Charles H. Spurgeon-The Form of Sound Words-Delivered on Sabbath, May 11, 1856

Holding on to sound doctrine will bring peace in your conscience

Spurgeon 1II. Now let me SHOW YOU THE NECESSITY OF HOLDING FAST THIS FORM OF SOUND WORDS, AND KEEPING IT FOR YOUR OWN SAKE, FOR THE CHURCH’S SAKE, FOR THE WORLD’S SAKE.

First, for your own sake, hold it fast, for thereby you will receive ten thousand blessings; you will receive the blessing of peace in your conscience. I protest, before God, that if at any time I ever doubt one of the great things I receive from God, instantly there comes an aching void which the world can never fill, and which I can never get filled until I receive that doctrine again, and believe it with all my heart. When at any time I am cast down and dejected, I always find comfort in reading books which are strong on the doctrines of the faith of the gospel; if I turn to some of them that treat of God’s eternal love, revealed to his chosen people in the person of Christ; and if I remember some of the exceeding great and precious promises made to the elect in their covenant head, my faith at once becomes strong, and my soul with wings sublime, mounts upwards towards its God. You cannot tell, beloved if you have never tasted, how sweet is the peace which the doctrines of grace will give to the soul; there is nothing like them. They are —

“A sovereign balm for every wound,
A cordial for our fears.”

Charles H. Spurgeon-The Form of Sound Words-Delivered on Sabbath, May 11, 1856

Contentment

Heavenly Father, if I should suffer need, and go unclothed, and be in poverty, make my heart prize Thy love, know it, be constrained by it, though I be denied all blessings. It is Thy mercy to afflict and try me with wants, for by these trials I see my sins, and desire severance from them. Let me willingly accept misery, sorrows, temptations, if I can thereby feel sin as the greatest evil, and be delivered from it with gratitude to Thee, acknowledging this as the highest testimony of Thy love.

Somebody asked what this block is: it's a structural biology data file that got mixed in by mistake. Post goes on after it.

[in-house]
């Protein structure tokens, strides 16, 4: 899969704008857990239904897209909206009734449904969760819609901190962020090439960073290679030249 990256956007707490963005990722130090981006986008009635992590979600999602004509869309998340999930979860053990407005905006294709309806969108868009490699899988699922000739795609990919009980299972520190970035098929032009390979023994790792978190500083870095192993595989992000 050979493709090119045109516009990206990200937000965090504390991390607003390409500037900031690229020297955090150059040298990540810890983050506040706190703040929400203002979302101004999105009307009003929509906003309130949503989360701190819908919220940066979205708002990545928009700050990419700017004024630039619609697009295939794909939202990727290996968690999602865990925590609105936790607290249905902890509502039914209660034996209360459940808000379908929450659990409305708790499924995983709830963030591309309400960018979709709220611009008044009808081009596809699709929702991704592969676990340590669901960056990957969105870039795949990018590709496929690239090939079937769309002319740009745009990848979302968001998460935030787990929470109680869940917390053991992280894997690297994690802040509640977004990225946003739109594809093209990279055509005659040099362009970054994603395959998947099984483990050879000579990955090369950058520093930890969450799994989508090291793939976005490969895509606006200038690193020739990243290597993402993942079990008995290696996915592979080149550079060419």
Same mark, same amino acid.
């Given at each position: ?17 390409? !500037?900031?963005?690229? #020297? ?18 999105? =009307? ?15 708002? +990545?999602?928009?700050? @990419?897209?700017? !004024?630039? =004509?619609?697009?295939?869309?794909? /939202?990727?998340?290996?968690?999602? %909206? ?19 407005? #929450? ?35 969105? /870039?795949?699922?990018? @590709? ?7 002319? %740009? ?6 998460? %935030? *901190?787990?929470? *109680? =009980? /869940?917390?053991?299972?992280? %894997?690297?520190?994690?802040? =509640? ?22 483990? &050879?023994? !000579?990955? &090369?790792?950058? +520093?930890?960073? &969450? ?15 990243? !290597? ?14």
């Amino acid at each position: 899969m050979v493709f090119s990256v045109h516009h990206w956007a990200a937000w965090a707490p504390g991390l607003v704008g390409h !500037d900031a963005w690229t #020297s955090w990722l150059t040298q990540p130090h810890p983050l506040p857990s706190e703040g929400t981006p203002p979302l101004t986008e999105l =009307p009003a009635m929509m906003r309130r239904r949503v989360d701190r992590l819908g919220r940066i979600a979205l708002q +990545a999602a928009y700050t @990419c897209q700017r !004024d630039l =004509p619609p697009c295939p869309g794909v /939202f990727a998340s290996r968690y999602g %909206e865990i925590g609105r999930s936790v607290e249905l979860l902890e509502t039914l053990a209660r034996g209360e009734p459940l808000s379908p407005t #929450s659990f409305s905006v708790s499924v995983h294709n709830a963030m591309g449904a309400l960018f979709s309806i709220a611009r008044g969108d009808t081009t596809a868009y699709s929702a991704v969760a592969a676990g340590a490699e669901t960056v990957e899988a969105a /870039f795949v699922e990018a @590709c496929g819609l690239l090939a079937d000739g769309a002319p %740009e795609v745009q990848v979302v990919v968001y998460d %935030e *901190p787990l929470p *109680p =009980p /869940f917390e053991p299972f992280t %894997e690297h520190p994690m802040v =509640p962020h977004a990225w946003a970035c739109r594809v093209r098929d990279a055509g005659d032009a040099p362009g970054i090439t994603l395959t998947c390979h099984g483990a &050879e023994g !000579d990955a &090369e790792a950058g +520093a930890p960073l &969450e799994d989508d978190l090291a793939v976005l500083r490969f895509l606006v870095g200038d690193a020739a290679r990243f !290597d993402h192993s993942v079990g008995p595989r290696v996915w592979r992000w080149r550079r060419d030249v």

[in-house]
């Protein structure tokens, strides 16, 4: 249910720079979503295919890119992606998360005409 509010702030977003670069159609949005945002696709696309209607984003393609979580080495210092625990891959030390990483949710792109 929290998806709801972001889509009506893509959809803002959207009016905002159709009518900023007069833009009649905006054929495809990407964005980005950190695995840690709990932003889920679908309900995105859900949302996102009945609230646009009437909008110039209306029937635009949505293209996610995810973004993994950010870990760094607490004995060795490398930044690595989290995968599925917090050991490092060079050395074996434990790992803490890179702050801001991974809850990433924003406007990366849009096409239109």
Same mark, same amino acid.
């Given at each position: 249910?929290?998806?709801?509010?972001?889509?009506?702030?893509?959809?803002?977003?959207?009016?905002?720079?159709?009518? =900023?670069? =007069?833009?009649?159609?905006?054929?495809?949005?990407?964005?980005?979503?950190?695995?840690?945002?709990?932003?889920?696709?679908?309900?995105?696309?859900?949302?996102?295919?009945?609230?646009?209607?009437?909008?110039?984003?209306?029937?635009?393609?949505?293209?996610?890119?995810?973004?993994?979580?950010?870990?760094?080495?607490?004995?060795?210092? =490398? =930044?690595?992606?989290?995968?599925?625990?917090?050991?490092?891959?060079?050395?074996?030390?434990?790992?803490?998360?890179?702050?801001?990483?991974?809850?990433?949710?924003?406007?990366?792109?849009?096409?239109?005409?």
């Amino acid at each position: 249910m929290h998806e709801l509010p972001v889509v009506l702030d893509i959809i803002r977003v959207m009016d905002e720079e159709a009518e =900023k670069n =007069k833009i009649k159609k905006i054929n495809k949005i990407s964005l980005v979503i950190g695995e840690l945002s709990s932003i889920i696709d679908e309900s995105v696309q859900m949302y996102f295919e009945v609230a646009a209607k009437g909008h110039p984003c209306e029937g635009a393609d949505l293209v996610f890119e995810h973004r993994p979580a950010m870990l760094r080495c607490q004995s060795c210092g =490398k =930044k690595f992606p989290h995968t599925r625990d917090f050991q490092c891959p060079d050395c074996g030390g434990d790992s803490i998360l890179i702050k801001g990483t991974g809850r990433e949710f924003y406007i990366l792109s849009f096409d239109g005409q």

When thy Son, Jesus, came into my soul instead of sin He became more dear to me than sin had formerly been; His kindly rule replaced sin’s tyranny. Teach me to believe that if ever I would have any sin subdued I must not only labour to overcome it, but must invite Christ to abide in the place of it, and He must become to me more than vile lust had been; that His sweetness, power, life may be there. Thus I must seek a grace from Him contrary to sin, but must not claim it apart from Himself.

When I am afraid of evils to come, comfort me by showing me that in myself I am a dying, condemned wretch, but in Christ I am reconciled and live; that in myself I find insufficiency and no rest, but in Christ there is satisfaction and peace; that in myself I am feeble and unable to do good, but in Christ I have ability to do all things. Though now I have His graces in part, I shall shortly have them perfectly in that state where Thou wilt show Thyself fully reconciled, and alone sufficient, efficient, loving me completely, with sin abolished. O Lord, hasten that day.

 

Taken from The Valley of Vision: A Collection of Puritan Prayers & Devotions, edited by Arthur Bennett. Reformatted by Eternal Life Ministries.

Peace Made Through The Blood, Part 2

November 20, 2013 1 comment

The Wednesday Word: Peace Made Through The Blood, Part 2

 

And, having made peace through the blood of his cross, (Colossians 1:20 a)

 

The Father’s plan has always been the cross. It is there that He made peace. It was there that Christ represented His people and purchased them with His blood. Christ is the Father’s gift of peace and peace with God, therefore, comes through Christ alone. It doesn’t come by whipping ourselves up to a state of ecstasy. Nor do we have to work or wait for it. We simply, by faith, rest on what the Word says about the blood. He has already made peace by the blood of his cross, now we, by faith, receive it!

In the fullness of time, the Lord Jesus came as the peacemaker and declared the acceptable year of the Lord (Luke 4:19). To obtain our peace, He was set forth as a propitiation (a wrath offering) that has satisfied the justice of God (Romans 3:25). We, now, believe and rest on Christ alone and present the shed blood of our substitute to the Father. The wrath of God no longer abides on us. To the contrary, the blood speaks of peace, love and mercy. There is nothing now that can be laid to the charge of God’s elect.

It is liberating and peace giving to know for certain that our sins have been blotted out for ever! God is waiting to be gracious. He does not demand any preparation on our part to come to Him: It is the blood of Jesus Christ, not our preparation, that cleanses us from all sin” (1 John 1:7).